Sentence Correction: Logical Approach to Comparison and Parallelism Sample GMAT Question

Written by Kelly Granson. Posted in GMAT Sample Questions

parallelism and comparison (practice)In this entry, we will look at a sample GMAT Sentence Correction question to strengthen your grip on the skill discussed in the earlier post—spotting and fixing flaws in parallelism and faulty comparisons.

Here is the GMAT sample question:

The anti-smoking campaign initiated by John Crofton, who is known around the world for his pioneering work on curing tuberculosis, both influenced legislation and public attitudes more than any other campaign of comparable scale.

A) both influenced legislation and public attitudes more than any other campaign of comparable scale.

B) whose influence on legislation and public attitudes was more significant than that of any other campaign of comparable scale.

C) influenced both legislation and public attitudes more than in any other campaign of comparable scale.

D) had more influence on legislation and public attitudes than that of any other campaign of comparable scale.

E) influenced both legislation and public attitudes more than any other campaign of comparable scale ever did.

First, let's find the subject and the corresponding verb in the original sentence. If we leave out the clause describing John Crofton and the comparison at the end, we will get the... campaign... both influenced legislation and attitudes. Both... and... is used to list two items, and items in a series must be in the same grammatical form. In our case, however, we have a verb following both and a noun following and. Thus, the structure is not parallel. The way to correct this mistake might be to use two nouns (influenced both legislation and attitudes) or add another verb (both influenced legislation and changed attitudes.)

We've have found one mistake, but we're not done with the underlined part of a sentence yet: the campaign... influenced [something] more than any other campaign. More than should surely prompt you to check whether everything is fine with the comparison here. Since the author probably wants to say that this campaign influenced legislation and public attitudes more than any other campaign influenced legislation and attitudes, we should look for a variant that makes this comparison unambiguous: the campaign influenced legislation and attitudes more than any other campaign DID.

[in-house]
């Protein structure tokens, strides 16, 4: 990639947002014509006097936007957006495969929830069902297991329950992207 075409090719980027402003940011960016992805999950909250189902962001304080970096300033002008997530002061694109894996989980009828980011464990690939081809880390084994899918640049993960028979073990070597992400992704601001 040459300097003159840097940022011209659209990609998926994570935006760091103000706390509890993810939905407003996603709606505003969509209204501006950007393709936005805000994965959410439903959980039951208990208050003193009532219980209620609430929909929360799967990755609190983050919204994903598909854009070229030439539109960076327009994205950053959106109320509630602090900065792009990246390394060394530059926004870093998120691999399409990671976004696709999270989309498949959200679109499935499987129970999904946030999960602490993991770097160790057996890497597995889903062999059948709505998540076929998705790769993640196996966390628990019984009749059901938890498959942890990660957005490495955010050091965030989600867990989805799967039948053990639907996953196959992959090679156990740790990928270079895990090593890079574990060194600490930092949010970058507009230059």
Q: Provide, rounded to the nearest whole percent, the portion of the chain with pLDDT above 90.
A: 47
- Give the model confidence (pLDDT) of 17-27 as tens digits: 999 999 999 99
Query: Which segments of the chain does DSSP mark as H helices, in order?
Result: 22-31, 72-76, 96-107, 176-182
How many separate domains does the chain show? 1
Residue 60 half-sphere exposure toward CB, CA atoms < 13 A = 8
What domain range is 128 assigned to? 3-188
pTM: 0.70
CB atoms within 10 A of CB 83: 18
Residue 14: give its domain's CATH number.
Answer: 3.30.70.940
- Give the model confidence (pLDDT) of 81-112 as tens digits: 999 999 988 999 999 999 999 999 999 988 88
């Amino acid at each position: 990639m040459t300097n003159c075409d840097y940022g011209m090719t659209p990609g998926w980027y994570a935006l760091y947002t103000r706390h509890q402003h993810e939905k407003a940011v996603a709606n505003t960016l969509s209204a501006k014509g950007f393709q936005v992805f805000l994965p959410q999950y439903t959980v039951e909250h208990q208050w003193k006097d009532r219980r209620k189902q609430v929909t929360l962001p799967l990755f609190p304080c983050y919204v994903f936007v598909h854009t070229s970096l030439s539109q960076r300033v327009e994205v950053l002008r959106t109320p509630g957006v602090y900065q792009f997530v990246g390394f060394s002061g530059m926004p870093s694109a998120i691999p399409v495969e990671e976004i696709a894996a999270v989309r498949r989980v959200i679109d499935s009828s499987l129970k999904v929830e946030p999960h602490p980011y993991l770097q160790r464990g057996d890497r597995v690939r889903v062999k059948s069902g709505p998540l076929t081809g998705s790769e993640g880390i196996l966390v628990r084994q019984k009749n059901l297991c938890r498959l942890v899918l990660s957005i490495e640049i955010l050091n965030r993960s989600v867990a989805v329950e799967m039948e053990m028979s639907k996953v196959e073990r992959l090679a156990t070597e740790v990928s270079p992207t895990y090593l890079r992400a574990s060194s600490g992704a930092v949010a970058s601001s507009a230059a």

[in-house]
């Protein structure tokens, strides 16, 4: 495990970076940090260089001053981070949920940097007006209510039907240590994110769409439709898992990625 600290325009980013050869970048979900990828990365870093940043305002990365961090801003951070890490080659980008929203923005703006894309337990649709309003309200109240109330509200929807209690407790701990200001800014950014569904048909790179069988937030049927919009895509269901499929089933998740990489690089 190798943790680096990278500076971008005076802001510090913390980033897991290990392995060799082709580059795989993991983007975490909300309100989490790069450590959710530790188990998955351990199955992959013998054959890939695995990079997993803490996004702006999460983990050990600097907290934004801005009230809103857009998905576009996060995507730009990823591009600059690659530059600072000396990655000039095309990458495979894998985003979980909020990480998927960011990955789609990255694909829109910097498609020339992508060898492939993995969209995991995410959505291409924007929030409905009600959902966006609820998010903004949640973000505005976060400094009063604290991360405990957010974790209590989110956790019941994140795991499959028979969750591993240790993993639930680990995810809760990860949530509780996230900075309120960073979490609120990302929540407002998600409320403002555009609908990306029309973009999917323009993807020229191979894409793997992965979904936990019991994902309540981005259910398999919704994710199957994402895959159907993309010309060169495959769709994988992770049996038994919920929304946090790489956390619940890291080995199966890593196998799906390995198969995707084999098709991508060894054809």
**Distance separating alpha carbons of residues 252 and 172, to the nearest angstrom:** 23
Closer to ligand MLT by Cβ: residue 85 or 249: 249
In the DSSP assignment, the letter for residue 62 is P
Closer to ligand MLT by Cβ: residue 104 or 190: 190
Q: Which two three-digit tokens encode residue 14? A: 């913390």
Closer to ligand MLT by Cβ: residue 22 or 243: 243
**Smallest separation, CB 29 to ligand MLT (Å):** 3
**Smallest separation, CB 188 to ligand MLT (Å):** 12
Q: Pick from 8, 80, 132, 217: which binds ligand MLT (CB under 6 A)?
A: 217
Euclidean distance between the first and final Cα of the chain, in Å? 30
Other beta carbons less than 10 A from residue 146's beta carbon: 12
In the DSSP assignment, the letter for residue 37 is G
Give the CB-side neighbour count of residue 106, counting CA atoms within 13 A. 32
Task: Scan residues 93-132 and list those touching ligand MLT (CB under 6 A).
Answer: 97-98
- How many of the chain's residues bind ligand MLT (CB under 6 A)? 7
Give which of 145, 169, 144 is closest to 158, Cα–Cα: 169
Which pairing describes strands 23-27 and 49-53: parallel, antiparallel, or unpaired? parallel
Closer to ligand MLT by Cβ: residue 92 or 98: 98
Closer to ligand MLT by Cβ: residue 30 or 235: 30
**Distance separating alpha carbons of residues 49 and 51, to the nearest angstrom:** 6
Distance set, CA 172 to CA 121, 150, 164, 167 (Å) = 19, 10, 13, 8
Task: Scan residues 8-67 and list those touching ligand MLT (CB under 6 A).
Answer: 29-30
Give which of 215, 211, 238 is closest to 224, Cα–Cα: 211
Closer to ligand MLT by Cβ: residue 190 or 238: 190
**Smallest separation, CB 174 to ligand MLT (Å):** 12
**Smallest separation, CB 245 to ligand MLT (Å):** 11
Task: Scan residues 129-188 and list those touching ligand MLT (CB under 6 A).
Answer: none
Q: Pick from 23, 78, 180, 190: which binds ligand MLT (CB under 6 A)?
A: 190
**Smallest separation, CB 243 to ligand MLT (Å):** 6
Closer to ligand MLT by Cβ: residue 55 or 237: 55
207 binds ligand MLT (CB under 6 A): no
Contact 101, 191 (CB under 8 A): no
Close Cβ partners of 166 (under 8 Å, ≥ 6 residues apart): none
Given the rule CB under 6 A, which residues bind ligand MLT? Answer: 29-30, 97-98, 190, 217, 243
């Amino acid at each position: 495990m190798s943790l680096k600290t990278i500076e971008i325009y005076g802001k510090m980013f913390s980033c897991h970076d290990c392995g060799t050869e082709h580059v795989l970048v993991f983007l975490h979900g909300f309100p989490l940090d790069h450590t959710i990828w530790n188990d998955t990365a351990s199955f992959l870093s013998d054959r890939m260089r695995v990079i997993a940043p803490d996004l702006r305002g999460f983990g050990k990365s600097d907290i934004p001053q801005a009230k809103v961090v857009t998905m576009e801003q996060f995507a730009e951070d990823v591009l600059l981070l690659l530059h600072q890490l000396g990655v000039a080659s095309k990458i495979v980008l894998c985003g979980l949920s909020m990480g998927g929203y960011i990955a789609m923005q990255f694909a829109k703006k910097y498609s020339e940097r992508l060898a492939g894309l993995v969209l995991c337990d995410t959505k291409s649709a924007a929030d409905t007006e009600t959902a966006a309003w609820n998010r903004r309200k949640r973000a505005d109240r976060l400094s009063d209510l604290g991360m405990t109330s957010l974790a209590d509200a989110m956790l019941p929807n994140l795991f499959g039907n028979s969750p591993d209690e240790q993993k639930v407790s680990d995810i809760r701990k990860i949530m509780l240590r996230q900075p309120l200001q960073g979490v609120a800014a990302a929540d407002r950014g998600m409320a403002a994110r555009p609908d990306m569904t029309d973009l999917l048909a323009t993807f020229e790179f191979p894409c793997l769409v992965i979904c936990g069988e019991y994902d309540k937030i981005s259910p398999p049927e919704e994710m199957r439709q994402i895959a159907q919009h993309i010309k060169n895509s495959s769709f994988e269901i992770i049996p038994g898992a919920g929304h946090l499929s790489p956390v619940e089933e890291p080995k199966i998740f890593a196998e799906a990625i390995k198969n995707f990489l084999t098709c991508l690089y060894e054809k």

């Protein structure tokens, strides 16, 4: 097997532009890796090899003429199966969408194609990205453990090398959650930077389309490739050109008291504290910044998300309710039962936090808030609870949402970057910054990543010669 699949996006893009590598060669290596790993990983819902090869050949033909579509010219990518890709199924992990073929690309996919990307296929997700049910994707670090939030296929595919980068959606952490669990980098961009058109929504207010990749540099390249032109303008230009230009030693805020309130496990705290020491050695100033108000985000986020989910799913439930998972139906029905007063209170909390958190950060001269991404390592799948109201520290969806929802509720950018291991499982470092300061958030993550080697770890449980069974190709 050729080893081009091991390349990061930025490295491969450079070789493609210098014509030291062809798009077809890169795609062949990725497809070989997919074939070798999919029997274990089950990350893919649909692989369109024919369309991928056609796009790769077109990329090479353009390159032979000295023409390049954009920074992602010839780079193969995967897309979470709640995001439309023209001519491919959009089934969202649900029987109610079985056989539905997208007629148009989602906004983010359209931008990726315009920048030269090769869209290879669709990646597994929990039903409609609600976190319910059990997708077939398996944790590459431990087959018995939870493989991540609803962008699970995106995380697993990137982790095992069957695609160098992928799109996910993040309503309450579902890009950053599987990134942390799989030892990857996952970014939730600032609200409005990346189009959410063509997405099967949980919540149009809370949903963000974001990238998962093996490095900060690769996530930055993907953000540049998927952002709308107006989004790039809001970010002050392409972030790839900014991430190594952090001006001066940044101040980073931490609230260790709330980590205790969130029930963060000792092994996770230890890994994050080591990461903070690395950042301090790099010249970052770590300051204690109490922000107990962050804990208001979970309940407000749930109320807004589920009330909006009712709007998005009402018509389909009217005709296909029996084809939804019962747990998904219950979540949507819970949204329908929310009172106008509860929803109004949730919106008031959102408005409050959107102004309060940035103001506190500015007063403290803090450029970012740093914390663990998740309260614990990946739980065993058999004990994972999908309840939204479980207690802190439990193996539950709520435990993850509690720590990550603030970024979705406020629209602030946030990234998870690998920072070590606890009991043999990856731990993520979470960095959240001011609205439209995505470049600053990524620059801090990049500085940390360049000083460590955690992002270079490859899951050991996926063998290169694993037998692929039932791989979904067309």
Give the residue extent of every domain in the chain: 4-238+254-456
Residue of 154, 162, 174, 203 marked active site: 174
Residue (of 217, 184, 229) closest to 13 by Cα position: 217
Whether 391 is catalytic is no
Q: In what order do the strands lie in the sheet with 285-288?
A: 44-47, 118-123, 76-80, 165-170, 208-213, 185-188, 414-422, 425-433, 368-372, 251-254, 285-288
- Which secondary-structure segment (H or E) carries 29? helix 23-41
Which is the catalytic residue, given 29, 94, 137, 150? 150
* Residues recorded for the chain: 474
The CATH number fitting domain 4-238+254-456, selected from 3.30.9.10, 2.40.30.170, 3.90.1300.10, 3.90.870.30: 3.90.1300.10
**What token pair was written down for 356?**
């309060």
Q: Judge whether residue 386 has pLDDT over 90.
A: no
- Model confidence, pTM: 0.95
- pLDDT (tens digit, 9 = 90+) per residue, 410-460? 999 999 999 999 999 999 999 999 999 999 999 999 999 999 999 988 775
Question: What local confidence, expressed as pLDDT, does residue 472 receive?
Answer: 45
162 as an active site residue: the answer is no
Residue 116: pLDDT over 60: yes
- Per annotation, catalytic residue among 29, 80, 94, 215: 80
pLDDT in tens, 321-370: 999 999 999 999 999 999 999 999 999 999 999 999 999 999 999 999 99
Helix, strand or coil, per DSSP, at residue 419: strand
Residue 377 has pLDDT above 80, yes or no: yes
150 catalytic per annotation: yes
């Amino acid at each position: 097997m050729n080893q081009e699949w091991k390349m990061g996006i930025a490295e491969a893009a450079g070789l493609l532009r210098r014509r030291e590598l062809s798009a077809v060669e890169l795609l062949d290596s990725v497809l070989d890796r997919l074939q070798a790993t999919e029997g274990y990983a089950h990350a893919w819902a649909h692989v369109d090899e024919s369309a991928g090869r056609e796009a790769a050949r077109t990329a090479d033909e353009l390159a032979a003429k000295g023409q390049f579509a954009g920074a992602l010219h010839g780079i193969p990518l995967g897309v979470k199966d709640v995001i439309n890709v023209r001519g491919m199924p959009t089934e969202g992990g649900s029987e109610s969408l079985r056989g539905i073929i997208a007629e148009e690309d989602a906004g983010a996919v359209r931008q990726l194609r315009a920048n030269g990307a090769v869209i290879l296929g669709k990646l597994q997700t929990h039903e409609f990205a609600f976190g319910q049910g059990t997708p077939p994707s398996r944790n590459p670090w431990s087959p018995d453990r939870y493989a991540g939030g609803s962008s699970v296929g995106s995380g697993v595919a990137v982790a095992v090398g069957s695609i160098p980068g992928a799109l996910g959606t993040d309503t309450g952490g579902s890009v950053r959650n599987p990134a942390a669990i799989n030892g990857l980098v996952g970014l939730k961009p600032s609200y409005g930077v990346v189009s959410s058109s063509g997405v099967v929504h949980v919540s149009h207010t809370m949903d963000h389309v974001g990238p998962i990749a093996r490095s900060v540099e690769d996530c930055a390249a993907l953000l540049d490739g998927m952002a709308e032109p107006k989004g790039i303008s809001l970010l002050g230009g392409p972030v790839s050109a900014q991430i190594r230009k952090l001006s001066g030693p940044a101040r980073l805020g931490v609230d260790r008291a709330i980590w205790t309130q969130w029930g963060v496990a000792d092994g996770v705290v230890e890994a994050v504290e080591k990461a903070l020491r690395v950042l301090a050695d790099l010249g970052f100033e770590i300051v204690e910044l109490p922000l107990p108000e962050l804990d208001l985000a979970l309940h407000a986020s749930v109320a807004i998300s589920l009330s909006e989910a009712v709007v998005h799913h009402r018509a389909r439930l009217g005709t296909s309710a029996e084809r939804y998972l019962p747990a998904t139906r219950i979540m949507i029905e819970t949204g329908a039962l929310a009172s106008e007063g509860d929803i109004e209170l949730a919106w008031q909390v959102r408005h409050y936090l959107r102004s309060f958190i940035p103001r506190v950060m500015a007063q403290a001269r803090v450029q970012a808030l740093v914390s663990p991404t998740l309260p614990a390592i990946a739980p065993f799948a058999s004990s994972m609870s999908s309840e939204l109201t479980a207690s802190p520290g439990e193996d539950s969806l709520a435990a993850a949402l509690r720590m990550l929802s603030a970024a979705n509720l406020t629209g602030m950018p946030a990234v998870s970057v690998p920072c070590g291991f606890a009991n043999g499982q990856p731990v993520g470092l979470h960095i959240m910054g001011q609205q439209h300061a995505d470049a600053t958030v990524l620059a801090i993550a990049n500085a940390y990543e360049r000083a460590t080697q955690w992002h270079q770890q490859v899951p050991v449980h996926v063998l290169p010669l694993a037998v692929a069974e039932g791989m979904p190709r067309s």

Now that we know what to look for, let's go through the answer choices.

We have already figured out that A is wrong.

B is grammatically correct, although it does quite radically change the original structure. Let's read it back into the sentence to see whether it fits: the campaign... by Crofton, who is known for... curing tuberculosis, whose influence... was more significant than that of any other campaign. It looks like whose influence now refers to tuberculosis instead of referring to the campaign. Moreover, the sentence is not complete, since we have a subject (the campaign) and no verb to go with it.

C puts both into the right position but leaves the comparison nonparallel: the campaign... influenced something more than in any other campaign. In obviously does not belong here.

D has the same flaw as C does: it uses a correct structure with both, but includes that of into the comparison without any reason. Remember: to use that of [something] in a sentence, you should state explicitly what that refers to, e. g., the influence of the campaign was greater than that of another campaign. Here we know for sure that that refers to influence since we already used the phrase influence of the campaign earlier in the same sentence.

Choice E is the one we want.

 

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